Wednesday, April 12, 2017
review: trust me (Paris nights #3) by Laura florand
She's nobody's damsel in distress...
Top Parisian pastry chef Lina Farah is used to fighting for her success. But when a violent attack shatters her security, she needs a new tactic to battle her dragons. What better way to banish the monsters under her bed than by inviting a sexy SEAL to tangle the sheets?
He's a professional dragon slayer...
Elite operative Jake Adams has never stayed in one place long enough to form a lasting relationship. Lina’s fire and beauty tempt him to give her the hot affair she craves. But her spirit and courage make him long for more. Can he convince a woman seeking forgetfulness to dream of ever after...with him? ~ Goodreads
Source: e-arc provided by the author in exchange for an honest review
I am a huge fan of Laura Florand and her evocative writing. Her books have a way of making you feel like you are actually experiencing the sights, sounds and taste of France.
Her Paris Nights series is a bit more playful than the Amour et Chocolat or La Vie en Roses series despite them taking place against the backdrop of modern day terrorism. Florand manages to balance this with romance remarkably well. Intelligent, fair, and yes, somehow romantic.
The reason it’s more playful is a credit to the Navy Seal heroes and their respect for a feisty heroine. They do want to protect the ones they love, of course, but they can fully appreciate that a girl can take care of herself sometimes and they tend to goad each other on with fun banter.
Lina Farah is a Parisian, Michelin 2 star pastry chef (and going for that 3rd!) who is still recovering from the terrorist attack perpetuated by her cousin in the previous book (this can be read as a stand alone though). Lina is lauded for stopping the attack but still suffers from flashbacks, and judgement from the public – some who see her as the as the hero of the story and others, because of her Arab heritage, see her only as a Muslim terrorist and therefore a potential co-conspirator that shouldn't be trusted. She feels lost and betrayed in her own country.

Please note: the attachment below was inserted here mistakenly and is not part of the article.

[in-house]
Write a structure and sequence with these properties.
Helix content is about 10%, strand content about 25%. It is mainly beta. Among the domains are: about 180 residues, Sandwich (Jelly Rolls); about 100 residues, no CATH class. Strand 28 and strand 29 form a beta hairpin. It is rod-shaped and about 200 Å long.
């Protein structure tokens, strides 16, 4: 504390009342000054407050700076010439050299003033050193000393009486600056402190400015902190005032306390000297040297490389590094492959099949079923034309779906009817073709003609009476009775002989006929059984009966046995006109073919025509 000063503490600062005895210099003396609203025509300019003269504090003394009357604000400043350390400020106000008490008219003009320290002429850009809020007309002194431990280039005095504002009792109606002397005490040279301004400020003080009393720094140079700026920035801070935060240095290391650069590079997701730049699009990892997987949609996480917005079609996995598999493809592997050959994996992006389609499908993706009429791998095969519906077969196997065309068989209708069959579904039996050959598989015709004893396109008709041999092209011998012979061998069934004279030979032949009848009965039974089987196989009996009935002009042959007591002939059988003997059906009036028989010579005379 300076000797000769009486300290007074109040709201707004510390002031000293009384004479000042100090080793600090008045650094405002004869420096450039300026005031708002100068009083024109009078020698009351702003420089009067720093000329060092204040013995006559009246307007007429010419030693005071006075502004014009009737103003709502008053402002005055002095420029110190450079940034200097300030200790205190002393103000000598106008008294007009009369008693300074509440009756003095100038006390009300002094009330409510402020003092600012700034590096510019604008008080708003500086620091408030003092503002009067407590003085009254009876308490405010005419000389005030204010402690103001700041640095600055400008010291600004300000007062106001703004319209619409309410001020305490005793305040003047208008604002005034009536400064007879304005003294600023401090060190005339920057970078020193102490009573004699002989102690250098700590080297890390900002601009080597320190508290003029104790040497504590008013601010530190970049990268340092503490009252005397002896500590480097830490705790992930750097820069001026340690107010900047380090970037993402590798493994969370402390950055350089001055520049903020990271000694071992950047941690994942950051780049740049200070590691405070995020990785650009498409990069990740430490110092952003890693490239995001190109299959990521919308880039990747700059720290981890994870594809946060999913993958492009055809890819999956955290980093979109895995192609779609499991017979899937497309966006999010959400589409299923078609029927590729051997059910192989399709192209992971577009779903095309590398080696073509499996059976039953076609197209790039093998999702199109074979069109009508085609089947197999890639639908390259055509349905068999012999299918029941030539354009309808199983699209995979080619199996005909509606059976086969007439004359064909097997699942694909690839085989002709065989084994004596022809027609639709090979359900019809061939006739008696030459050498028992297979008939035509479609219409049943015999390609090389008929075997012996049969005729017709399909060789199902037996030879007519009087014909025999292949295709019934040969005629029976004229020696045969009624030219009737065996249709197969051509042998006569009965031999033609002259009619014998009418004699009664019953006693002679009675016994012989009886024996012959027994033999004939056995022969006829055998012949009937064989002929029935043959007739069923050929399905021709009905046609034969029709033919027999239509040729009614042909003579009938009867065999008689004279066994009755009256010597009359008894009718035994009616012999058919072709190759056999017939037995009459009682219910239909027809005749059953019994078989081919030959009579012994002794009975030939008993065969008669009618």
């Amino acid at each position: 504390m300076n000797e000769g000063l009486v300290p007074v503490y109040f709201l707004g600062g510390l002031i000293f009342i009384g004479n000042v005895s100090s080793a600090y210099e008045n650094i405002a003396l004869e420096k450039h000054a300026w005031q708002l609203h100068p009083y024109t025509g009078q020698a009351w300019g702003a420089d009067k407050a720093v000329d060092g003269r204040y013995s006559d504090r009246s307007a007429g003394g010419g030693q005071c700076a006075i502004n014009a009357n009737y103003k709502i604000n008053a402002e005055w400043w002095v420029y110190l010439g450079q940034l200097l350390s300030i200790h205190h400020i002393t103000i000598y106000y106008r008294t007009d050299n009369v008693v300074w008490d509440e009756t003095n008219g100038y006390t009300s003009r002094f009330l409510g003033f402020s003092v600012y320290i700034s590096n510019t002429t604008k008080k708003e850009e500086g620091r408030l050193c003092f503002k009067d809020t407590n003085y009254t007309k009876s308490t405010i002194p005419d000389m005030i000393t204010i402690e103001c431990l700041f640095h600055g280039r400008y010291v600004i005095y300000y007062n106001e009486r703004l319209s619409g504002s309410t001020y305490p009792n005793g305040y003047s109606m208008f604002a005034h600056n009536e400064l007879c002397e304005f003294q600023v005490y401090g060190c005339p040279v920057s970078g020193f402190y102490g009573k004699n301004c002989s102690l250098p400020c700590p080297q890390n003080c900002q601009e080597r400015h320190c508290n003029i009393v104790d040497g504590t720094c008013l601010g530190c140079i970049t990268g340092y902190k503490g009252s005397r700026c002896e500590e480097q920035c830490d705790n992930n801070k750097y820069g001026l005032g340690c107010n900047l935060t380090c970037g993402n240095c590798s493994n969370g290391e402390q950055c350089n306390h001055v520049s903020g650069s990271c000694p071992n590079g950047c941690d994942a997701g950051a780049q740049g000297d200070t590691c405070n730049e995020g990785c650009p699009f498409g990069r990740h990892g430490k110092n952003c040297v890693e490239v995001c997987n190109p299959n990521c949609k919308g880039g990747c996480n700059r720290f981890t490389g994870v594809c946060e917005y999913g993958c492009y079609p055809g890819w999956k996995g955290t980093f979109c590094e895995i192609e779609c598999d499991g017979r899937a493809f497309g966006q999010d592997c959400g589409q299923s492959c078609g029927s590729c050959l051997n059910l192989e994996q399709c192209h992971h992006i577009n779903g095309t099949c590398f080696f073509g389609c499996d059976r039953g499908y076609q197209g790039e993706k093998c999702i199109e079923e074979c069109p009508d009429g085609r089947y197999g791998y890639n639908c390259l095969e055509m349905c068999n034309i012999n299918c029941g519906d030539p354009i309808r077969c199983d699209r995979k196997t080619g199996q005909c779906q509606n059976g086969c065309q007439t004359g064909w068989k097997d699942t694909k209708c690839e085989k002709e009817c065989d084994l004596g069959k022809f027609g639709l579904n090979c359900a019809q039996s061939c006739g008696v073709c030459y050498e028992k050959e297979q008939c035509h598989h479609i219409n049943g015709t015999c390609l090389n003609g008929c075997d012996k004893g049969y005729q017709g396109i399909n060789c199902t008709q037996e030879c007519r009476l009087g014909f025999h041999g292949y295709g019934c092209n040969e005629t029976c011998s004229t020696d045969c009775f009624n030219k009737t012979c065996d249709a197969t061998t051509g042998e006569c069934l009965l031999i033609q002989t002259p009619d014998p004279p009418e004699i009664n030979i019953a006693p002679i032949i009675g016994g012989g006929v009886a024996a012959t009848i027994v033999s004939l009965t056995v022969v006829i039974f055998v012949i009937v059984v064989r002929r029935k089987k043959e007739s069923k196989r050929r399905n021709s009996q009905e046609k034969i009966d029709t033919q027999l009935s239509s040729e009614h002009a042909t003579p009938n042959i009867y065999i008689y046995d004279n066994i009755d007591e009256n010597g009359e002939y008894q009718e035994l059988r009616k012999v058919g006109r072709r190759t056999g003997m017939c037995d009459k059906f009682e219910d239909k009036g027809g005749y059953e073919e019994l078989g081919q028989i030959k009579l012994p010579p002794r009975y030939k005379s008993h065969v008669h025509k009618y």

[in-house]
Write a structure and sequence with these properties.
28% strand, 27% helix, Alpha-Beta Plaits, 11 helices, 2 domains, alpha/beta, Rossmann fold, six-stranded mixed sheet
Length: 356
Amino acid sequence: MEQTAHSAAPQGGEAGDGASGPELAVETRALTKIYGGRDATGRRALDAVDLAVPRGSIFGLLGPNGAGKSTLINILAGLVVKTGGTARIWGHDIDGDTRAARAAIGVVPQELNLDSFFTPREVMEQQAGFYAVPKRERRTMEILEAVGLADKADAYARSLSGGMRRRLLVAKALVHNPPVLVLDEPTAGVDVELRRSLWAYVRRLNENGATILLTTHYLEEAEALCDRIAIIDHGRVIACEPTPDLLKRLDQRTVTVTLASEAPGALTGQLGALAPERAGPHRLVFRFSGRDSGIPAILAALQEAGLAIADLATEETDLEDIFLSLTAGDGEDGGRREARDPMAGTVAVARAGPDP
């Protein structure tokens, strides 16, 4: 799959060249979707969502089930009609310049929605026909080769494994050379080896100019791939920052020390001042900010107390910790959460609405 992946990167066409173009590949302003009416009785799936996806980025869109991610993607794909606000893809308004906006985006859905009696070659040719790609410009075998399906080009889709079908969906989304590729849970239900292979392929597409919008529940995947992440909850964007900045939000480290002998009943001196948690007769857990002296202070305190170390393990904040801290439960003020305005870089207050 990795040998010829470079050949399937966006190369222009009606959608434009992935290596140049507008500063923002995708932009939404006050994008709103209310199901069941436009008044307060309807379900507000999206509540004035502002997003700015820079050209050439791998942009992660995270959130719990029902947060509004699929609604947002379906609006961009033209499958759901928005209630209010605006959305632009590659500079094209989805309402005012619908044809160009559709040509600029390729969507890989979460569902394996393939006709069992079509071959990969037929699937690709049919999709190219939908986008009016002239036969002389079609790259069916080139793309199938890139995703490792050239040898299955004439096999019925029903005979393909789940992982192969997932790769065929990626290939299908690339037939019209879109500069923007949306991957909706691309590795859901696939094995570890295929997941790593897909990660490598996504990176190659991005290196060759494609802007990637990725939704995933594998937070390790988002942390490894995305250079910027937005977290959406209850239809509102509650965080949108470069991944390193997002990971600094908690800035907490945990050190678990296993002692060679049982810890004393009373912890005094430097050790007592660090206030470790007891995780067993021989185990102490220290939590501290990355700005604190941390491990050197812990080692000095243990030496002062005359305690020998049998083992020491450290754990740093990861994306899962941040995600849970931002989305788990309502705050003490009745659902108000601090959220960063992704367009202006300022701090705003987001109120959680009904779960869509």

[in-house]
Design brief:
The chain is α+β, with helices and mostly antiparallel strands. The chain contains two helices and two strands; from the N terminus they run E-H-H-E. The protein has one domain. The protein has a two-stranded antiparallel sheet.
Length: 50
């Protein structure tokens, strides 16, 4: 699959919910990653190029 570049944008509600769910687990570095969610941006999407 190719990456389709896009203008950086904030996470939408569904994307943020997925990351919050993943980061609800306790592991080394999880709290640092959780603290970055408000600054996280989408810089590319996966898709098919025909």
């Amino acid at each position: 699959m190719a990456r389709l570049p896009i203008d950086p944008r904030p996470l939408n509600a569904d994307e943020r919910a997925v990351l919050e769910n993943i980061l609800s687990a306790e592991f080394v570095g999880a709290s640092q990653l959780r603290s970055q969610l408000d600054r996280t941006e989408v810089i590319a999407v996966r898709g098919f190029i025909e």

Jake is the Navy Seal assigned to protect her until the media storm dies down and can’t help but fall for her as he watches her quiet courage as she struggles to get her life back to normal and live without fear again.
Lina offers Jake a friends (guard?) with benefits situation and is shocked that Jake seems offended. Jake is so over the whole - women who want to score sex with a Navy Seal notch on their belt - scene and is looking for more with Lina.
He agrees to sexual experiences that help Lina escape and feel empowered but doesn’t let Lina use him and I loved how Florand explored and twisted female/male sexuality assumptions based on gender.
Their romance was really sweet as they get to know each other and share pieces of themselves. And Florand pulls no punches about the horror of terrorism, racism and the fear it instills in both the victims and the people assigned to stop it.
So, I really liked this one but…
I have to preface this by saying I LOVE Florand’s writing. She is my go to auto-buy, comfort read author. However, her last two books (Trust Me & A Crown of Bitter Orange) have felt repetitive to me. The characters are changing & getting increasingly complex – a good thing! but the story and conflict are basically staying the same. That can be comforting but I found the repetition is starting to grate on me.
For example, in Trust Me, Lina is entranced by Jake’s freckles and Florand makes the descriptions of Jake being seemingly kissed by the sun sexy as hell. The first time and maybe the second. But by the third, fourth and fifth time it was just saying the same exact thing in new ways. In The Crown of Bitter Orange it was the hero's eyebrows.
And the use of pastry as a metaphor for the heart is something I LOVE but she keeps coming back to it in a way that I’ve read multiple times already. The hard outer shell that breaks into something soft.
And of course her reliance on the characters willfully ignoring what the other is trying to tell them to keep them apart just a little bit longer. Frustrating because this device is now used in most of her romances.
I have no idea why this is suddenly bothering me as a reader when it’s the thing I loved most about her writing previously but I guess with her characters becoming more complex and developed and the stories themselves taking on a harder edge and relevancy, I expected the romances to be a bit different as well, but they are following a formula, almost sentence for sentence and I’m starting to find it distracting.
I don’t mean to detract anyone form reading this. Hardcore fans love it and if you aren’t one yet then you probably won’t even notice the things that bothered me.
Despite my few nitpicks, I highly recommend Trust Me because it’s a truly beautiful story about fighting back, slaying your inner dragons, with a really nice twist on the usual alpha male, female empowerment and sexuality.